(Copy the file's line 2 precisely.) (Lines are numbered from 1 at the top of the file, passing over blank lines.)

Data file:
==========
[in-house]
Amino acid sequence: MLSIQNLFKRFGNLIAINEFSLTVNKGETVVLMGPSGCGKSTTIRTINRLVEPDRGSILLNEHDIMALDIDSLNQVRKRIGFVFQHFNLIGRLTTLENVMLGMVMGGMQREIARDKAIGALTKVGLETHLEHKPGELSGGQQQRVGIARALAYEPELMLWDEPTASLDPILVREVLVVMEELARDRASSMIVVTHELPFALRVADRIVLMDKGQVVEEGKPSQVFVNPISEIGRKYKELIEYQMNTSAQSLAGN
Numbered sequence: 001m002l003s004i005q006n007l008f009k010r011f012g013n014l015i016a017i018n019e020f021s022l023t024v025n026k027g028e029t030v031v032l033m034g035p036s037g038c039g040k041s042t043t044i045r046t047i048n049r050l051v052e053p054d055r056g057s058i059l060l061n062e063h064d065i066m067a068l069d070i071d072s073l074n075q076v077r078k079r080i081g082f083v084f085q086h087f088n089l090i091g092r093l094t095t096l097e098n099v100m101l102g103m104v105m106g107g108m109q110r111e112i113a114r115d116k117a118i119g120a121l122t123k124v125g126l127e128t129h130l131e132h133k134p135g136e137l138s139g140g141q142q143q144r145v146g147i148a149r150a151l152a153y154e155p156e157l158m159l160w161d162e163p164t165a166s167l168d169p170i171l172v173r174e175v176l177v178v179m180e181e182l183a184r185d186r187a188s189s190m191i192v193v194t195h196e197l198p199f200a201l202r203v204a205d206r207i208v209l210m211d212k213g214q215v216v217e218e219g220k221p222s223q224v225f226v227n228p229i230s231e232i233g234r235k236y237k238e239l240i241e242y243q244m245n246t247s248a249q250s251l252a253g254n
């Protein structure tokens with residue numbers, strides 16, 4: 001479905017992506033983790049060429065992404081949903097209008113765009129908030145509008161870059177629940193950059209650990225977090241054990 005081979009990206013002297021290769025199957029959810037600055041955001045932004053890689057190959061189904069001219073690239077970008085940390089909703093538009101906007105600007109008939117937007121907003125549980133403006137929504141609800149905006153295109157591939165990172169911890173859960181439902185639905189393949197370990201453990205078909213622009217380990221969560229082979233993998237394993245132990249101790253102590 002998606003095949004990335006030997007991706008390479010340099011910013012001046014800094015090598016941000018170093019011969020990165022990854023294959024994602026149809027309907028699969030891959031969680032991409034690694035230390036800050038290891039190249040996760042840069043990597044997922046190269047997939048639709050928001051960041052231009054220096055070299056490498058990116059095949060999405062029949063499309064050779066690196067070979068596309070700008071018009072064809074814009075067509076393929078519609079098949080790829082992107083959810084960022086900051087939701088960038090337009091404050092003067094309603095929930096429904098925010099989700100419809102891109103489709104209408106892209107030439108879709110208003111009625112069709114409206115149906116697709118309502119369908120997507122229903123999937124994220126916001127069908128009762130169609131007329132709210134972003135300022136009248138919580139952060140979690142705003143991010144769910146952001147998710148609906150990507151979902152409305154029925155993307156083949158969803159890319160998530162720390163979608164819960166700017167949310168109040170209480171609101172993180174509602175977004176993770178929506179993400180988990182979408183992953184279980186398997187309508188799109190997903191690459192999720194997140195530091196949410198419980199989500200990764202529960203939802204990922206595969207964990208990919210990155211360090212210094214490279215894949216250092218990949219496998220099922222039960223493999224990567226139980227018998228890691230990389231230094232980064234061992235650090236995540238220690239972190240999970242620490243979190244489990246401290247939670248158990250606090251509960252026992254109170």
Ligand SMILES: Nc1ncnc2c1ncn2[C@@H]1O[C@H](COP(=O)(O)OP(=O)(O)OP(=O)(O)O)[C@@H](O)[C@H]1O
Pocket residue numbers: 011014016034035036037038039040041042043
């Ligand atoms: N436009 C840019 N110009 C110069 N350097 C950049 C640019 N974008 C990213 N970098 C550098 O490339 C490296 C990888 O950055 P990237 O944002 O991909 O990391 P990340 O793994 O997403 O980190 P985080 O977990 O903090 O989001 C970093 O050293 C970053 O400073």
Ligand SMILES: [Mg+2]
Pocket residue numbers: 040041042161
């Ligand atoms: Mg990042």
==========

Amino acid sequence: MLSIQNLFKRFGNLIAINEFSLTVNKGETVVLMGPSGCGKSTTIRTINRLVEPDRGSILLNEHDIMALDIDSLNQVRKRIGFVFQHFNLIGRLTTLENVMLGMVMGGMQREIARDKAIGALTKVGLETHLEHKPGELSGGQQQRVGIARALAYEPELMLWDEPTASLDPILVREVLVVMEELARDRASSMIVVTHELPFALRVADRIVLMDKGQVVEEGKPSQVFVNPISEIGRKYKELIEYQMNTSAQSLAGN